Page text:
Personal Finance Statements
Have you been asked to fill out a personal finance statement? The first thing is that there's no need to panic - this is a perfectly normal request!
You've probably received it from a bank, or loan provider. Typically, before providing an individual with a loan, they'll want to find out more about your financial situation. They may not have had previous dealings with you. Even if they have, they'll want to check that you're in a position to make the necessary loan repayments.
In the first instance, such checks are about protecting the loan provider. They'll want to make sure that they are going to get their money back! But these checks can also be useful for you, as a borrower, too.
If the lender thinks that you would be unable to make the necessary repayments then that should act as a warning sign to you. It's why it makes sense to feel out the personal financial statement in a comprehensive fashion. You'll want to include as much information as you have available to you.
These statements do tend to vary in nature. Different providers will want to know about different specifics. But they are largely based on taking a closer look at your income and expenditure.
So you'll need to know all about this too. If you've looked at our personal budgeting feature than you may well already have many of the figures available to you. If not, now is probably the time to start tracking down the appropriate paperwork.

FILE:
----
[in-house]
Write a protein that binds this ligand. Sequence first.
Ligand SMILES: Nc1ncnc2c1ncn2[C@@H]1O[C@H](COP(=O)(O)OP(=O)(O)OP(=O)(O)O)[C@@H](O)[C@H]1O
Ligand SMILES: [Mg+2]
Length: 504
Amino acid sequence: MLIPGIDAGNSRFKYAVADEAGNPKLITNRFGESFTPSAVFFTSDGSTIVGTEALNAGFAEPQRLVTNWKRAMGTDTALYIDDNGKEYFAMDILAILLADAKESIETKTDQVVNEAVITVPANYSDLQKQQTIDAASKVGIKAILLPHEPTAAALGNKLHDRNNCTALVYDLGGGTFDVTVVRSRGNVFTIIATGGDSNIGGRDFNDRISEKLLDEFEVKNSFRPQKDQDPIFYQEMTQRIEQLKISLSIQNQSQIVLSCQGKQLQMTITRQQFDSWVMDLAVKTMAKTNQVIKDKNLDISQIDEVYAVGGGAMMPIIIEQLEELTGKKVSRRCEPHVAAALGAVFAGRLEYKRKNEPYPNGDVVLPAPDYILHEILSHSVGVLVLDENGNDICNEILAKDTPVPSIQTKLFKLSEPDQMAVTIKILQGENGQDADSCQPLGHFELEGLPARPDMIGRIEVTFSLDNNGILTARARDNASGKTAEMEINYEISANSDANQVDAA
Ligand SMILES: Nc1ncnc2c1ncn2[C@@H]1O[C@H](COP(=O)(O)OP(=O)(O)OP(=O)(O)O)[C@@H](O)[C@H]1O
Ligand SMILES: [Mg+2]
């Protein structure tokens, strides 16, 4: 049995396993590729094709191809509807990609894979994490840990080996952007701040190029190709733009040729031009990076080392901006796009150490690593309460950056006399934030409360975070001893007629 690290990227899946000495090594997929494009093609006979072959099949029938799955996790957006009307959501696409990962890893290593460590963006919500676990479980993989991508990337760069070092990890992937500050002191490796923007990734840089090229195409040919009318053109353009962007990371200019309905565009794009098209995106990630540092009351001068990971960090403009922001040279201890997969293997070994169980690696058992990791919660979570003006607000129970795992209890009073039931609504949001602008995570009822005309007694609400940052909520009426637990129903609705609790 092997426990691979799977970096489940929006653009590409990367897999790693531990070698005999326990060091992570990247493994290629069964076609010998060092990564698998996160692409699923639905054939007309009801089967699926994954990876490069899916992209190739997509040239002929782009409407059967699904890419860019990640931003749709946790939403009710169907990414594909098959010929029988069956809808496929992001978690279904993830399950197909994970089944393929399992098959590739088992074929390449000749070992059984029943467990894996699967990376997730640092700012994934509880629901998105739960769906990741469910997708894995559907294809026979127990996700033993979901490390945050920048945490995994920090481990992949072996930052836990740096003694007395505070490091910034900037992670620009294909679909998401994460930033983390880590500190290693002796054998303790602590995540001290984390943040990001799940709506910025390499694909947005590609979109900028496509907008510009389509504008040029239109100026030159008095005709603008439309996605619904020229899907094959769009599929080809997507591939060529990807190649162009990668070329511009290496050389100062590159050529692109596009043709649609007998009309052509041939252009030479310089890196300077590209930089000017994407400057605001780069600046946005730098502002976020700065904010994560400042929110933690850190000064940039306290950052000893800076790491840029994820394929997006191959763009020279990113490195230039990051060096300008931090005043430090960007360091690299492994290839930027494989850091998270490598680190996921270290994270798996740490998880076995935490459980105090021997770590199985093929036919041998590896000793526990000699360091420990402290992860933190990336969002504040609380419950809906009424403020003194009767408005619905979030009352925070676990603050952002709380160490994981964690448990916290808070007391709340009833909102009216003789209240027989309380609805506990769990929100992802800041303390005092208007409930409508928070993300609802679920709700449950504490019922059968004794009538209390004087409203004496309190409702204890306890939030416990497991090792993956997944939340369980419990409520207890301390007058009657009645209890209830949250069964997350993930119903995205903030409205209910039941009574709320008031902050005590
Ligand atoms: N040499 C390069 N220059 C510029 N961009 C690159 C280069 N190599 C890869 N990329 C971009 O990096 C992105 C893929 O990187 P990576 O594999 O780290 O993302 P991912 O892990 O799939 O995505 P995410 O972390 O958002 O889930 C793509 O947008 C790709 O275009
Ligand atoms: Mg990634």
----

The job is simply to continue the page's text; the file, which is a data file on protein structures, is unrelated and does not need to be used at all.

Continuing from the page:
You'll probably need to provide information on a range of income and expenditure, including the likes of:
- Pension income
- Other income (share dividends, rental income etc)
- Housing costs (rent, mortgage payments)
- Utility bills
- Entertainment spending
- Loan repayment costs
- Credit card bills
That's not an exhaustive list - the actual details will vary depending upon the lender and what they're requesting in their personal finance statement.
Be prepared to give full details. Answering clearly and honestly is the best policy here. You'll be looking to provide the lender with a clear view of your personal situation. They'll then use this to assess whether you are able to make the repayments.